# How does a general electromagnetic wave equation looks like?

I know that electromagnetic wave consists of electric field and magnetic field, say:

$$\overrightarrow{E}\left(x,t\right)=E_{0}\cos\left(kx-\omega t\right)$$

$$\overrightarrow{B}\left(z,t\right)=B_{o}\cos\left(kz-wt\right)$$

But if I want to represent the wave consists of both fields as one equation, should I just add them ? like :

$$\psi\left(x,z,t\right)=E_{0}\cos\left(kx-\omega t\right)+B_{0}\cos\left(kz-\omega t\right)$$

I'll be glad to see a correct example of how a general electromagnetic wave looks like. Also, is there a relation between the magnetic field amplitude and the electric field magnitude?

• You have to use some conversion factor $c$ to add $B$ and $E$ together since their units are different. Commented Oct 24, 2020 at 11:11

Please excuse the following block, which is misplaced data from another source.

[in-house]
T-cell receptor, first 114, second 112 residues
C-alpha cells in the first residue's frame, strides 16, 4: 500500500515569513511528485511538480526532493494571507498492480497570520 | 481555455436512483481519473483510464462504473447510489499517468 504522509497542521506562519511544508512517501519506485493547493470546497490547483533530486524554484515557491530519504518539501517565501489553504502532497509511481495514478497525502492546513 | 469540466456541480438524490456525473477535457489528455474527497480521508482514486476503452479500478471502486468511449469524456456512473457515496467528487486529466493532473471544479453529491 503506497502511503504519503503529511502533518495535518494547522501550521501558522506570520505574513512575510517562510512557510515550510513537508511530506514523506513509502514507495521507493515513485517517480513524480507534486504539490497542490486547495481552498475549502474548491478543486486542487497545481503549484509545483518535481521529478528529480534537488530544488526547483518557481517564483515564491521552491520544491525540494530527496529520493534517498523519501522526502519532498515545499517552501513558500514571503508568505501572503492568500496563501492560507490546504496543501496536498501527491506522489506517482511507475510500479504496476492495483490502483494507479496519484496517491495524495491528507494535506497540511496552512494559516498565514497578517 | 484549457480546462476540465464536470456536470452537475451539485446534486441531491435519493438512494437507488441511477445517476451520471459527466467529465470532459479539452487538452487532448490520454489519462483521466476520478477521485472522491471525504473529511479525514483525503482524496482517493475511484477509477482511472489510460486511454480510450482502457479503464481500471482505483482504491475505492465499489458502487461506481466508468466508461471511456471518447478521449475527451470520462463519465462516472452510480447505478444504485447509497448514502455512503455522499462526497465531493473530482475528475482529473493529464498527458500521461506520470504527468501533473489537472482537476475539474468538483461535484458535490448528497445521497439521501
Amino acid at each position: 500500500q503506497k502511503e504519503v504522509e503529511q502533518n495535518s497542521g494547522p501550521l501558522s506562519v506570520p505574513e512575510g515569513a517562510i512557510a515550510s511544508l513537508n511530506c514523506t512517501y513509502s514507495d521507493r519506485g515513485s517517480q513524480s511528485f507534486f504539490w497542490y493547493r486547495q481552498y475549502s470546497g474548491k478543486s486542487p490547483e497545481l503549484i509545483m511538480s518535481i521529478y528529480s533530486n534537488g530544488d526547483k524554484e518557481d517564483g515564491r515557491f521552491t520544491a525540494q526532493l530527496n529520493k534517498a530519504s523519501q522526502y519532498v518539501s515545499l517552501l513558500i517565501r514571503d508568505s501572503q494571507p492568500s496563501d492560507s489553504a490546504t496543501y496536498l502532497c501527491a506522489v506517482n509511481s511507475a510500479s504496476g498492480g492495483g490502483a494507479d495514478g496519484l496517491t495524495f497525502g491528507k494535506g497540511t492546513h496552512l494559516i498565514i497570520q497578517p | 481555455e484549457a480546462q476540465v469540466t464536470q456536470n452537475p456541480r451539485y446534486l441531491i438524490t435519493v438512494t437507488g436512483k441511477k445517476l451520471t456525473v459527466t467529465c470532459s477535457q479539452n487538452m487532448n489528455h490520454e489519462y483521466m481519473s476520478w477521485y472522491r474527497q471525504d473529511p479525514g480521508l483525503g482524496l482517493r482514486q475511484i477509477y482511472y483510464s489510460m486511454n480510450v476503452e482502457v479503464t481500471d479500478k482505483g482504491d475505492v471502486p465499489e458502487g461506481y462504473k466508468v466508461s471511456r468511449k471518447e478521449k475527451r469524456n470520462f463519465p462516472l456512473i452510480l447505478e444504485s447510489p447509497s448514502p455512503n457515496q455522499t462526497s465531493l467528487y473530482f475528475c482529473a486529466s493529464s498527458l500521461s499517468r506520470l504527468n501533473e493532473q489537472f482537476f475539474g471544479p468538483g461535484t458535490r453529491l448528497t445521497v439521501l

The answer is, I don't know but I know that why you should not do.

First of all wave equation on OP's question are wrong (they don't have any direction). So I'm assuming the following component of electric and magnetic field vector.

$$\mathbf{E}=E_x(z,t)\hat{i}$$ $$\mathbf{B}=B_y(z,t)\hat{j}$$

We need to combine these vector component, the first thing that comes to mind is to make a vector-like $$\Psi(z,t)=E_x(z,t)\hat{i}+B_y(z,t)\hat{j}$$ So that's look a good combination but this good and as long as the electric field component and magnetic component are apart from each other but if we have electric field vector with two components (Like circular ,elliptical wave), the idea of combining these vector will be useless and painful.

Most of the time we don't care about magnetic components because if we know the electric field it's trivial to find magnetic field with following relation.

$$\mathbf{B}=\frac{1}{c}\mathbf{\hat{k}}\times \mathbf{E}$$

One more thing is to note that when you say general wave equation (for EM wave) means that you are talking about $$\nabla^2\mathbf{E}=\mu_0\epsilon_0\frac{\partial^2\mathbf{E}}{\partial t^2}$$ $$\nabla^2\mathbf{B}=\mu_0\epsilon_0\frac{\partial^2\mathbf{B}}{\partial t^2}$$